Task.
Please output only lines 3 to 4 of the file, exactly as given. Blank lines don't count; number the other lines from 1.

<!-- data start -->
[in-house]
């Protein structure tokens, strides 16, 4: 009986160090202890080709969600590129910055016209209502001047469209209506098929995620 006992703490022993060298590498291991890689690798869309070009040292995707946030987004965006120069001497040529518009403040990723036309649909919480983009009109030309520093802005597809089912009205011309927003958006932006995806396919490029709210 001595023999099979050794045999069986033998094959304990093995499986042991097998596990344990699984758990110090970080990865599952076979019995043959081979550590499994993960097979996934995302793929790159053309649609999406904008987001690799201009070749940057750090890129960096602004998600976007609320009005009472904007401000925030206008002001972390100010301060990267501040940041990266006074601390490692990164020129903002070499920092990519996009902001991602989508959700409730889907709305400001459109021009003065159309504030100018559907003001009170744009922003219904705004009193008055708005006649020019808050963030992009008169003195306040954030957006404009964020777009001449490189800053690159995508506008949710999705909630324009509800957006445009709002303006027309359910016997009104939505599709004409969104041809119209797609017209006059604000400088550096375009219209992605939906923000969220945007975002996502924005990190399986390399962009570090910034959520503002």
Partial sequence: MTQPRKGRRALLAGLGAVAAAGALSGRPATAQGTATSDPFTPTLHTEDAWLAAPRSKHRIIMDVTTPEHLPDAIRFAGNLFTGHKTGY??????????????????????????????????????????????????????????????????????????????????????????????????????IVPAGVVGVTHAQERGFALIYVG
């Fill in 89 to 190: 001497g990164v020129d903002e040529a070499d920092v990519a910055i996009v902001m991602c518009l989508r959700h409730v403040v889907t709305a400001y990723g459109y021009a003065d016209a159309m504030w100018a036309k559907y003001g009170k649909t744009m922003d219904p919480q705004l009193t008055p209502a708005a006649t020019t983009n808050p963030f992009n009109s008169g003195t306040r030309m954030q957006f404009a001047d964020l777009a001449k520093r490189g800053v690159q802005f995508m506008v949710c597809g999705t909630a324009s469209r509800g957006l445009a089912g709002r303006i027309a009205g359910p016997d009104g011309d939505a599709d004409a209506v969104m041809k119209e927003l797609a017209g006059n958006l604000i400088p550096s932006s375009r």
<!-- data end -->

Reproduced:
Partial sequence: MTQPRKGRRALLAGLGAVAAAGALSGRPATAQGTATSDPFTPTLHTEDAWLAAPRSKHRIIMDVTTPEHLPDAIRFAGNLFTGHKTGY??????????????????????????????????????????????????????????????????????????????????????????????????????IVPAGVVGVTHAQERGFALIYVG
């Fill in 89 to 190: 001497g990164v020129d903002e040529a070499d920092v990519a910055i996009v902001m991602c518009l989508r959700h409730v403040v889907t709305a400001y990723g459109y021009a003065d016209a159309m504030w100018a036309k559907y003001g009170k649909t744009m922003d219904p919480q705004l009193t008055p209502a708005a006649t020019t983009n808050p963030f992009n009109s008169g003195t306040r030309m954030q957006f404009a001047d964020l777009a001449k520093r490189g800053v690159q802005f995508m506008v949710c597809g999705t909630a324009s469209r509800g957006l445009a089912g709002r303006i027309a009205g359910p016997d009104g011309d939505a599709d004409a209506v969104m041809k119209e927003l797609a017209g006059n958006l604000i400088p550096s932006s375009r």